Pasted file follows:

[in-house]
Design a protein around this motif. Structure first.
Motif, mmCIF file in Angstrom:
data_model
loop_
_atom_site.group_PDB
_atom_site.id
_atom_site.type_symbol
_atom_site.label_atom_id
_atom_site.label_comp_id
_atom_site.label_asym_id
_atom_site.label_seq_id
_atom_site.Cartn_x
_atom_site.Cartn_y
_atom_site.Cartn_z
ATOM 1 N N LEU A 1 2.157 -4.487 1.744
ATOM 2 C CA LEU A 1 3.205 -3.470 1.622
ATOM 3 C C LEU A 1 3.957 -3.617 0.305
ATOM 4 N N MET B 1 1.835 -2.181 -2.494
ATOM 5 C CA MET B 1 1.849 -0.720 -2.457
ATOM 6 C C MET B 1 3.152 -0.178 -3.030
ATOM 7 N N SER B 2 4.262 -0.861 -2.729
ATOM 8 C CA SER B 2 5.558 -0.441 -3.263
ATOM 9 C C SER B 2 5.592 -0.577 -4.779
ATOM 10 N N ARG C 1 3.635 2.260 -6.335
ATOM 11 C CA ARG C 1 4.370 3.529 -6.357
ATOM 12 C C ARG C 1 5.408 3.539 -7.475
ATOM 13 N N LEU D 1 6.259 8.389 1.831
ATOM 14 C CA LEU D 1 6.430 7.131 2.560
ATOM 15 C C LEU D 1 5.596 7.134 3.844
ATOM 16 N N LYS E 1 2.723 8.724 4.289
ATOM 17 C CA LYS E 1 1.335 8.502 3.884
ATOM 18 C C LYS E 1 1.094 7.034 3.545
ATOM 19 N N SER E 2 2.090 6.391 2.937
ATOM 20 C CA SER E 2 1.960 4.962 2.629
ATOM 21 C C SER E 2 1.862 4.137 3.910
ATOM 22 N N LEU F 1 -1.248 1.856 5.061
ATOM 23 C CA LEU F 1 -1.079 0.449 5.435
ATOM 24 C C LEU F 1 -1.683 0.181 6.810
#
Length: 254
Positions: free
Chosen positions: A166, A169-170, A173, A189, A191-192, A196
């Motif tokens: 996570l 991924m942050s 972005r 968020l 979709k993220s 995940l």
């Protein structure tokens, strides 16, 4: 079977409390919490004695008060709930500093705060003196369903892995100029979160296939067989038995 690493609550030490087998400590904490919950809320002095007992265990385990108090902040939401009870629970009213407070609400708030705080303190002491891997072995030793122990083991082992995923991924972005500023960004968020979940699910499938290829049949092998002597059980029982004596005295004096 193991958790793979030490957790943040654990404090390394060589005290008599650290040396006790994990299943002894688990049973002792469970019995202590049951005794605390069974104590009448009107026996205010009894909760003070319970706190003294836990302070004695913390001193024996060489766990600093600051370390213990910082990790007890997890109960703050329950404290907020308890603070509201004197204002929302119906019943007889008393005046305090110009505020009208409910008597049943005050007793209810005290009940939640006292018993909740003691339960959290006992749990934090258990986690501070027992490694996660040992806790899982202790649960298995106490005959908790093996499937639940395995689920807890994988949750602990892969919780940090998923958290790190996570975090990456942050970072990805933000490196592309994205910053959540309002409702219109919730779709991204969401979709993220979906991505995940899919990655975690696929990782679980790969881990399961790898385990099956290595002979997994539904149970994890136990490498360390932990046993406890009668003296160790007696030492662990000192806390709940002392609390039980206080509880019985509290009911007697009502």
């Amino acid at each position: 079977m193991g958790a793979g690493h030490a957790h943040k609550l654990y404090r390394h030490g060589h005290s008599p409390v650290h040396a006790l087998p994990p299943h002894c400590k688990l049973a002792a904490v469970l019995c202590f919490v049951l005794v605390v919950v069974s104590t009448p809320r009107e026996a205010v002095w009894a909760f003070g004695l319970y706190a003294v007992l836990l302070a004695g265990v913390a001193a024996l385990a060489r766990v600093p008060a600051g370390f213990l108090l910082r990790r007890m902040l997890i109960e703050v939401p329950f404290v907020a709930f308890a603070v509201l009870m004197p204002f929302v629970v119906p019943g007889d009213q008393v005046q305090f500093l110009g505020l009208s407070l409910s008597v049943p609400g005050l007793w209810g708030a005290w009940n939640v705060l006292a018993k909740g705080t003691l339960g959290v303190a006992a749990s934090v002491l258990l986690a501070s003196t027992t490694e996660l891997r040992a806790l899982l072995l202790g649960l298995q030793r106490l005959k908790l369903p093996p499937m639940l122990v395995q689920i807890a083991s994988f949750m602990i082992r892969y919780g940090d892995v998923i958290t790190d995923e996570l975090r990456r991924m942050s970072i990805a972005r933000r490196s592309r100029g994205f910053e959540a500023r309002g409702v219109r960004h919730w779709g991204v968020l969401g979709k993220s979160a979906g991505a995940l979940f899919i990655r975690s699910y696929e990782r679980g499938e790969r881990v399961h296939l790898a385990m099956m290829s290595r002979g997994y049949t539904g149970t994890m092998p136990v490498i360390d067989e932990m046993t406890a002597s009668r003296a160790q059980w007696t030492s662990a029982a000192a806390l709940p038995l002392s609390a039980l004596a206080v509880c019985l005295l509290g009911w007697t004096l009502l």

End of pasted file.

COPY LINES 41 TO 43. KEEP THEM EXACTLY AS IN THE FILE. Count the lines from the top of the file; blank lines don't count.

Length: 254
Positions: free
Chosen positions: A166, A169-170, A173, A189, A191-192, A196